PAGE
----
If you work in the medical field, you’re probably well versed in HIPAA regulations, right?
But there are some things that might not be entirely clear. If you’re unsure of something, how can you ensure that you, your staff, and your patients are protected?
There’s a bit of confusing gray area when it comes to HIPAA and texting, and if you’re not careful, you can end up with some nasty penalties. To avoid that, it’s best to remain compliant however you can.
If you’re unsure exactly how to manage text messaging while maintaining compliance, or even if there’s a problem there at all, you’re not alone. You’re also in the right place. Read on to learn all about how to stay within HIPAA guidelines while also communicating quickly and easily with staff or patients.
The HIPAA privacy rule is a set of guidelines that were set in place to protect the personal health information of patients being overseen by medical professionals.
The rule requires that certain safeguards be set in place when transporting personal health information to ensure that it’s not shared with anyone outside of the hospital or the patient themselves.
Noncompliance with HIPAA has consequences ranging from quite mild to severe depending on the type of infraction that was completed. Mild infractions may result in a small fine, severe ones can carry a large fine or even jail time.
It’s ideal, clearly, to maintain privacy for the patient, not only for HIPAA compliance but also just for the sake of the patient’s wellbeing.
There is nothing about text messages in HIPAA guidelines per se. This can make it a little bit confusing for healthcare workers or their higher-ups when it comes to setting rules for texting or any other similar messaging types.
HIPAA does have some guidelines when it comes to digital messages and communications. There are certain safeguards that must be put in place in order for the messages to remain compliant with HIPAA standards.
For the standards to be met, several things have to be true. For one, personal health information must only be accessible to people who require the information. In other words, only healthcare workers should be able to access this information.
It must be possible to monitor any activity happening (even between authorized users) when working with personal health information.
It must be possible (and required) to authenticate the identities of users before accessing the messaging service when it contains personal health information.
Any data that’s transmitted should be able to be encrypted in order to make it entirely useless to anyone who tries to intercept it. Otherwise, there must be procedures in place to ensure that the personal health information can not be lost or destroyed from the messaging system.
Unfortunately, with these guidelines in place, standard text messaging services don’t seem to apply. As safe as we like to think that our texts are, unfortunately, it’s not all that difficult for someone else to intercept our information (even if by accident).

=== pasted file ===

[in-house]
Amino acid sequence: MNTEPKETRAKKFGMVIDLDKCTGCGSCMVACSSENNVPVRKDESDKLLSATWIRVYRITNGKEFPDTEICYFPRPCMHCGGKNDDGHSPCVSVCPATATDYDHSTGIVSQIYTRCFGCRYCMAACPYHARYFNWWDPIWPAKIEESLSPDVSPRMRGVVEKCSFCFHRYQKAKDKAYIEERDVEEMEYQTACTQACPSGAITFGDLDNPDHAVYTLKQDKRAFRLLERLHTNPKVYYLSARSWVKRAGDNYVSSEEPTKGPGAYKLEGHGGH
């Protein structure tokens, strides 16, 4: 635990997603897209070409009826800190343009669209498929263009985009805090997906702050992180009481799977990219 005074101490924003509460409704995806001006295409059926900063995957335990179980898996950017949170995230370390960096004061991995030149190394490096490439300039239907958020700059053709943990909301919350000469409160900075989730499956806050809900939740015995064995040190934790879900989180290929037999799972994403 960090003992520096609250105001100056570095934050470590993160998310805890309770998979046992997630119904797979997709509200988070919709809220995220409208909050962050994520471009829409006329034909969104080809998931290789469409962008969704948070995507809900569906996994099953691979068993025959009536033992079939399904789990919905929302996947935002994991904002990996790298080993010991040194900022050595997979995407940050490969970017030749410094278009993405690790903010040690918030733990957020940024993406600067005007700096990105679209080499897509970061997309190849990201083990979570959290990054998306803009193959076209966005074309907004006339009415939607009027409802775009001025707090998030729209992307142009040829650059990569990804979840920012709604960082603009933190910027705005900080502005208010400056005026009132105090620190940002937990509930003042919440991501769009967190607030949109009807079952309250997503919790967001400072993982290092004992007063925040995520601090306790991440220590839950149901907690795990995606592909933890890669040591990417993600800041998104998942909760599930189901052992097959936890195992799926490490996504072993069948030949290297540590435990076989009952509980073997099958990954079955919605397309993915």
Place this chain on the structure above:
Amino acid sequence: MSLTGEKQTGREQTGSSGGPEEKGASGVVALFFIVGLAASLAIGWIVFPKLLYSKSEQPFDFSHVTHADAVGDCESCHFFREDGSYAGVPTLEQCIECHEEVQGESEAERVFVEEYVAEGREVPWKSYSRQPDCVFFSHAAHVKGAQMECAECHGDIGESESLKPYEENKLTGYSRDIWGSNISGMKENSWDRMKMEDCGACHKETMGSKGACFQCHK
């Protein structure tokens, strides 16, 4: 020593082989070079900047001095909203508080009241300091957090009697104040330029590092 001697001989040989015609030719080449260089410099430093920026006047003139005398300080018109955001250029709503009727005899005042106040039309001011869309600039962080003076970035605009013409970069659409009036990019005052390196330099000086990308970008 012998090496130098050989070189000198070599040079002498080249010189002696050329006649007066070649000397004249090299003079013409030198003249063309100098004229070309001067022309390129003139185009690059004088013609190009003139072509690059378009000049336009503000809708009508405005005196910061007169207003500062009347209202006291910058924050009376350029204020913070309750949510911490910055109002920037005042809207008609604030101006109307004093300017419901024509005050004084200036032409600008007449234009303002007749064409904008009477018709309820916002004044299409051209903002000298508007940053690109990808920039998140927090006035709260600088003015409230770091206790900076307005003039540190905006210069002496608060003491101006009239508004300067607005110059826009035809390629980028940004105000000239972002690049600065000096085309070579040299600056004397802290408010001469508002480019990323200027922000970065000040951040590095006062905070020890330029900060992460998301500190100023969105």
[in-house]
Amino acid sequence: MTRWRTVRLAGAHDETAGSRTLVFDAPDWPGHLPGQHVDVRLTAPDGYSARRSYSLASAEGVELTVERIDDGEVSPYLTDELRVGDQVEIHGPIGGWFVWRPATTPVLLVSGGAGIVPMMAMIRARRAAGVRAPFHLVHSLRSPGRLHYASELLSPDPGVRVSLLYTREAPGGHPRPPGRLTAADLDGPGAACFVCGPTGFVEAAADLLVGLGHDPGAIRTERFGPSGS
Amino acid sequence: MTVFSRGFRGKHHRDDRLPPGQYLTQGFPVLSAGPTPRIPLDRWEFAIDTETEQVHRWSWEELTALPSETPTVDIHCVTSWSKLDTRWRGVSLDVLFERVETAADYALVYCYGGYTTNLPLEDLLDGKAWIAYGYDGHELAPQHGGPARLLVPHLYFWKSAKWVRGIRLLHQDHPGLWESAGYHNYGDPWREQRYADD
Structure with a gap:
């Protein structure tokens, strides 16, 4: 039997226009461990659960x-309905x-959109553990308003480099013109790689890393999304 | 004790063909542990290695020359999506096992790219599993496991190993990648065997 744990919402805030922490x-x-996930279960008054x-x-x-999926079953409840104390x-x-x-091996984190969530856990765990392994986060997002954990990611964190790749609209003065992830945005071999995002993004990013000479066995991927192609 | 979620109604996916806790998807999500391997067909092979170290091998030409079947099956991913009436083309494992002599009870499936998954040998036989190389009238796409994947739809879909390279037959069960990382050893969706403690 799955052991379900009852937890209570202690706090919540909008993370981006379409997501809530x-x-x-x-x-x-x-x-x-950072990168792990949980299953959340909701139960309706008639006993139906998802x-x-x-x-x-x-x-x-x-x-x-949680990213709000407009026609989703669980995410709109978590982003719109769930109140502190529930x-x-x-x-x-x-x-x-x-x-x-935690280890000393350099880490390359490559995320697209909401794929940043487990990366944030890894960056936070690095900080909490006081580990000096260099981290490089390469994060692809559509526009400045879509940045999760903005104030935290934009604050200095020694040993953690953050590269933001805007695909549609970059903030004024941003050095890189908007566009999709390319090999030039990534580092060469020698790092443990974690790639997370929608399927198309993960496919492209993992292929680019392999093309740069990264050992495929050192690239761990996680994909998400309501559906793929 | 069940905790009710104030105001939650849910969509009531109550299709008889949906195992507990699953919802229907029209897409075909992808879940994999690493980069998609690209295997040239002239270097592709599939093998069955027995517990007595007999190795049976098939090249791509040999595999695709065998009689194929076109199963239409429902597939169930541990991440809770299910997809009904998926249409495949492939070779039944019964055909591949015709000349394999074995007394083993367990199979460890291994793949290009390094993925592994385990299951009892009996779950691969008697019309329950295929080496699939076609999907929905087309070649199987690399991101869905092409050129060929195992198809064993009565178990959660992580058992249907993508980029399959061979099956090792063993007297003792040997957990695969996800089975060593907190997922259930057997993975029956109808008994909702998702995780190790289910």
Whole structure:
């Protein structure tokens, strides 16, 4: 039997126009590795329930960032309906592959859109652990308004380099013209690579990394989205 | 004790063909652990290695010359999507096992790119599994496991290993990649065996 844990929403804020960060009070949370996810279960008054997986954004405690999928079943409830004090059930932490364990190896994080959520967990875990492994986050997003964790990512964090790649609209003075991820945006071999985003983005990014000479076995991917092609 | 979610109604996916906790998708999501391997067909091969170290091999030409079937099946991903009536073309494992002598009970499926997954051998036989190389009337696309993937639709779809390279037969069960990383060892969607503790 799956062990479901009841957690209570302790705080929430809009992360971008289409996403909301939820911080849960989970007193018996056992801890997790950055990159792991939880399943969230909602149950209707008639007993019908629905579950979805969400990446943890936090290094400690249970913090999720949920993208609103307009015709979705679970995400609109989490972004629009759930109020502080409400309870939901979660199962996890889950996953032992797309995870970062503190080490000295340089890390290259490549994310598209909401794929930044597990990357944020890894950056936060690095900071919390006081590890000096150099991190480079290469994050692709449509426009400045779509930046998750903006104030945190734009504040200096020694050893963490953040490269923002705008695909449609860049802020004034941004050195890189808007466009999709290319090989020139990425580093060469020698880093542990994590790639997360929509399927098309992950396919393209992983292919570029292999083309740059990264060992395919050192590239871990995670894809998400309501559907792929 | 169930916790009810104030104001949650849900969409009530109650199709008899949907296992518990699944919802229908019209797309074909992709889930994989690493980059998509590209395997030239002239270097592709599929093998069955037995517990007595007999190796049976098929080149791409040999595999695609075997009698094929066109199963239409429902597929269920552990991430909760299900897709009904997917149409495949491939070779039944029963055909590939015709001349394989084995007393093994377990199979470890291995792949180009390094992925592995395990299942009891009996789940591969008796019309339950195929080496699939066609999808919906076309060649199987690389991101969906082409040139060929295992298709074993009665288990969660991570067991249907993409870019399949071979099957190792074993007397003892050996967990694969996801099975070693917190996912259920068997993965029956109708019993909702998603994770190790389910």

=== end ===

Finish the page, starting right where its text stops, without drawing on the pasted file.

Aside from issues with hacking, it’s entirely possible to send a text message to the wrong person entirely by mistake. It’s also possible for someone else in the vicinity to read the text message over your shoulder, whether on purpose or by accident.
Once the text is out of your hands, you no longer have control over it. It’s even possible for that information to be forwarded for nefarious purposes even though you were well-intentioned. You would still be breaking HIPAA guidelines.
If a healthcare professional is communicating with a patient and they are made aware of the possible pitfalls and security issues of standard text messages, they are able to use texting for communication.
Also, if healthcare professionals are communicating in a way where no personal health information is actually being shared, this is still compliant. As soon as personal health information enters the conversation, the conversation is no longer compliant with HIPAA guidelines.
Texting is a major form of communication in 2020, and it’s incredibly convenient, especially for healthcare professionals who need to move quickly and are always on the go. It’s not ideal to remove such a quick form of communication from their tool list, but patient safety and security needs to come first.
Luckily, there are other ways to go about this while still following HIPAA guidelines.
There are special mobile applications created specifically for healthcare professionals to make a safe and secure space to communicate.
These apps make HIPAA texting easy and compliant.
They work in a secure network, and they have access controls and monitoring available to adhere to the standards that HIPAA sets. Otherwise, they’re similar to messaging apps that many people are already used to using, so the transition is easy.
They can be used on the phones that your staff already has, and they can even use the phone numbers that your patients are already familiar with.
Secure applications for texting are the future of communication among healthcare workers. They’re easy to use and completely safe.
Everyone is a bit scared of getting a HIPAA violation, but this is one way to avoid them when it comes to your communication habits.
Texting is easy and quick, and you might feel like it’s the best way to communicate with your staff and patients. HIPAA and texting don’t always mix, though, so use a HIPAA-compliant app to make everything secure and safe.
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